The analysis of the reflected laser pulse provided insights into the material's physical properties, creating a time series of data that illuminated the processes initiated by laser excitation. Dr. Pflug likened the process to "generating a flip book," with a series of individual images revealing the sequence of events.

Surprising Results
The outcome was astonishing. Despite having a fundamentally different atomic structure from the iron-aluminum alloy, the iron-vanadium alloy exhibited laser-induced magnetization. In both cases, the material experienced brief melting at the irradiation point, causing the laser to erase the previous atomic arrangement and create a small magnetic area. This revelation suggests that the phenomenon is not confined to specific material structures but can manifest in diverse atomic configurations.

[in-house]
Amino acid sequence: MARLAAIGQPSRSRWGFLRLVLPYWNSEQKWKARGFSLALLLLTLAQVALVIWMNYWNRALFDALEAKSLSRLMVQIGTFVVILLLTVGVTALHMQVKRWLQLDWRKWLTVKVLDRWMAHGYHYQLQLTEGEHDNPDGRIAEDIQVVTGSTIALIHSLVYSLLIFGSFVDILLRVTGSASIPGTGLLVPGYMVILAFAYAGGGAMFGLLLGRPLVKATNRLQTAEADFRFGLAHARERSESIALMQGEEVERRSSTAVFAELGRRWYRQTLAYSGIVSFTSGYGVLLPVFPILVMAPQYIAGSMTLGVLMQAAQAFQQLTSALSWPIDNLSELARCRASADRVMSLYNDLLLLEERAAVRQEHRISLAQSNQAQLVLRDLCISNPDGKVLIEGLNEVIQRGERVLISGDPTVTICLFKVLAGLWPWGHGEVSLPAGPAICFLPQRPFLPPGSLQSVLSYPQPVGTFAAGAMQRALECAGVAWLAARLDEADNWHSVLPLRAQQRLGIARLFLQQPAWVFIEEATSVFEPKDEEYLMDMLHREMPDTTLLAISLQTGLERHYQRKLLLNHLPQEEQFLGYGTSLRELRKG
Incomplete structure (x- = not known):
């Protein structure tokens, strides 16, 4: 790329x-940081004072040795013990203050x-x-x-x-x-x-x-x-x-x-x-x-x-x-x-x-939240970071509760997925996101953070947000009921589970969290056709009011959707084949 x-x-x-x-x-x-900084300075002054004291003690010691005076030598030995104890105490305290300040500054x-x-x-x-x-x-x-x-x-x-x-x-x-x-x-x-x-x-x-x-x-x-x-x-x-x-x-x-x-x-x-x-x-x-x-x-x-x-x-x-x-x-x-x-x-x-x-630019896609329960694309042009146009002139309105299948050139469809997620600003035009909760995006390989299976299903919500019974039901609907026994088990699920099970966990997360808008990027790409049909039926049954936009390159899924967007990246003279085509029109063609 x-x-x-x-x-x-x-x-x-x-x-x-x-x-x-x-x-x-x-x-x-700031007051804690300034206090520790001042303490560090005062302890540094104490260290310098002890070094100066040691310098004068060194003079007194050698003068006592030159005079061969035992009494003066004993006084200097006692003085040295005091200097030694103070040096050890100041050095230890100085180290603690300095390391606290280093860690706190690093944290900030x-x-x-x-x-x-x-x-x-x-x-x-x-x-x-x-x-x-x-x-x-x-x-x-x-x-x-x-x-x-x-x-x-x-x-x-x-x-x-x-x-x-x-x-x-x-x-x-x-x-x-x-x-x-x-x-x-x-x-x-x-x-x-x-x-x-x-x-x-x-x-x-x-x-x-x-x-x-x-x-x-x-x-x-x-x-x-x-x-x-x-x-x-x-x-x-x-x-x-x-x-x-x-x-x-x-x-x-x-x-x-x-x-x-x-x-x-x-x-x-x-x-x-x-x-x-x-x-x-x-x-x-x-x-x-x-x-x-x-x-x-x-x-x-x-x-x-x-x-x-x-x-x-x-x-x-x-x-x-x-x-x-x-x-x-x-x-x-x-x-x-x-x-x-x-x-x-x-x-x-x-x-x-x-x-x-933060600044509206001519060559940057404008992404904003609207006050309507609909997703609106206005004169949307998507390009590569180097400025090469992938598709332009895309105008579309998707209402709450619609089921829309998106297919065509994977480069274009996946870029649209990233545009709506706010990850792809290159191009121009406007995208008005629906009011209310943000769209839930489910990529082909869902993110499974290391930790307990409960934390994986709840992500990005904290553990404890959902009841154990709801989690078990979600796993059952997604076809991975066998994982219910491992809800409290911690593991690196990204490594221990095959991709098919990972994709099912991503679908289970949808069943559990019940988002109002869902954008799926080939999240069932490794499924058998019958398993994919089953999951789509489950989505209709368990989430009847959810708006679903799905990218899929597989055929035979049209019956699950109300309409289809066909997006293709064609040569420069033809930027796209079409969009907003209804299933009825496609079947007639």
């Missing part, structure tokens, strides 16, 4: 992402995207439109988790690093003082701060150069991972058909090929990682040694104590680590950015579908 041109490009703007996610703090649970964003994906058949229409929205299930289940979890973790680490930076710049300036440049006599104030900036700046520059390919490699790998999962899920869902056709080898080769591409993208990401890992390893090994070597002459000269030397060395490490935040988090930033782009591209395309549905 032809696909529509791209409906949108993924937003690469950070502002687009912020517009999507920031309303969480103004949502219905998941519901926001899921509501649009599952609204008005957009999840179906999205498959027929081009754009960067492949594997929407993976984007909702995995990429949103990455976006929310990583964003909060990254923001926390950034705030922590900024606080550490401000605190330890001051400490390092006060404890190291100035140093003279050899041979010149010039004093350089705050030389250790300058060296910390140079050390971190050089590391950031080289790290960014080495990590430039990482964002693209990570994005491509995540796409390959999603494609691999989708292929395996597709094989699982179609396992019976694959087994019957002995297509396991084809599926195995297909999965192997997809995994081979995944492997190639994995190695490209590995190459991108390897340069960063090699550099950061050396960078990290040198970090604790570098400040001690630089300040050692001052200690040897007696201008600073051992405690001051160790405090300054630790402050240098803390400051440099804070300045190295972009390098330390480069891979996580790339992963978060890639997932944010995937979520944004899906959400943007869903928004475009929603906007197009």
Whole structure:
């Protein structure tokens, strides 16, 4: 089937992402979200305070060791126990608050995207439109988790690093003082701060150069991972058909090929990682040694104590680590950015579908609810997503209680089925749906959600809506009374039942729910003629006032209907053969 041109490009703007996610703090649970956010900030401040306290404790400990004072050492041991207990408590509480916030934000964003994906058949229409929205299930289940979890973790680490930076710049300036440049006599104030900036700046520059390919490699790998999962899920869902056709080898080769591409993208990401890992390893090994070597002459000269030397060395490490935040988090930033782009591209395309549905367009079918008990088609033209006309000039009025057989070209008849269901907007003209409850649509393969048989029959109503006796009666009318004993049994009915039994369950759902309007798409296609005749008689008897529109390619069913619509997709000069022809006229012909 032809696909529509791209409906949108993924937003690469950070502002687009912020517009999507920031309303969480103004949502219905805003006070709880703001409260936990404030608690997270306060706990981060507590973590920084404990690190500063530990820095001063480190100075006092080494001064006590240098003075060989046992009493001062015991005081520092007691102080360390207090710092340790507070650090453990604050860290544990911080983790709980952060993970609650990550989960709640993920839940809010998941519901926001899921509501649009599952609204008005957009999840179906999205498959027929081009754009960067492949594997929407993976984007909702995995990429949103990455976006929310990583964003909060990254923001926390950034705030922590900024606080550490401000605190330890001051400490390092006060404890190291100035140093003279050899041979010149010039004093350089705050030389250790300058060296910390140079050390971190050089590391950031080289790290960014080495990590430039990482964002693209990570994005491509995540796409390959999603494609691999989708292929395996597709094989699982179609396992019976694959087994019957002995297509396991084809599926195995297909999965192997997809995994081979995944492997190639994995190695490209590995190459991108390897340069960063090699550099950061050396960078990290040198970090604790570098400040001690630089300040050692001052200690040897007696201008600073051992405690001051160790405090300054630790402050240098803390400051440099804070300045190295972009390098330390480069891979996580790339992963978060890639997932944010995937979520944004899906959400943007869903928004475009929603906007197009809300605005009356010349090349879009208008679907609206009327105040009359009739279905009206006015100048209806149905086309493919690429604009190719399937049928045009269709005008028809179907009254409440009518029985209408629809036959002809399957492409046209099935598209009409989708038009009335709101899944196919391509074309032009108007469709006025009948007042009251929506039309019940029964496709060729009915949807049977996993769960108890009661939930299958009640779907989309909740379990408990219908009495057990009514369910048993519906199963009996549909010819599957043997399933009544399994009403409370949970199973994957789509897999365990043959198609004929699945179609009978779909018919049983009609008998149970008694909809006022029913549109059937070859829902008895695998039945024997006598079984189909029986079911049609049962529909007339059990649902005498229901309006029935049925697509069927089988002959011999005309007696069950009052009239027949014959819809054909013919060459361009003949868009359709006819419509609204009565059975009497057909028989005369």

Furthermore, researchers were able to discern the temporal dynamics of the process. Within femtoseconds, the laser pulse excited the electrons in the material. A few picoseconds later, the excited electrons transferred their energy to the atomic nuclei, leading to the rearrangement into a stable magnetic structure, which was further solidified by rapid cooling. This understanding opens up possibilities for observing the exact atomic rearrangement through intense X-ray experiments in future research.

Applications on the Horizon
While these findings are still in their infancy, they offer promising avenues for practical applications. One potential application is the precise placement of tiny magnets on a chip's surface using lasers. This technology could prove invaluable in the production of sensitive magnetic sensors, such as those used in vehicles, or magnetic data storage.

Moreover, the discovery holds significance for the emerging field of spintronics, where magnetic signals replace electrons in digital computing processes. This development could potentially reshape the landscape of future computer technology.

Research Report:Laser-Induced Positional and Chemical Lattice Reordering Generating Ferromagnetism

Related Links
Helmholtz-Zentrum Dresden-Rossendorf
Space Technology News - Applications and Research

Subscribe Free To Our Daily Newsletters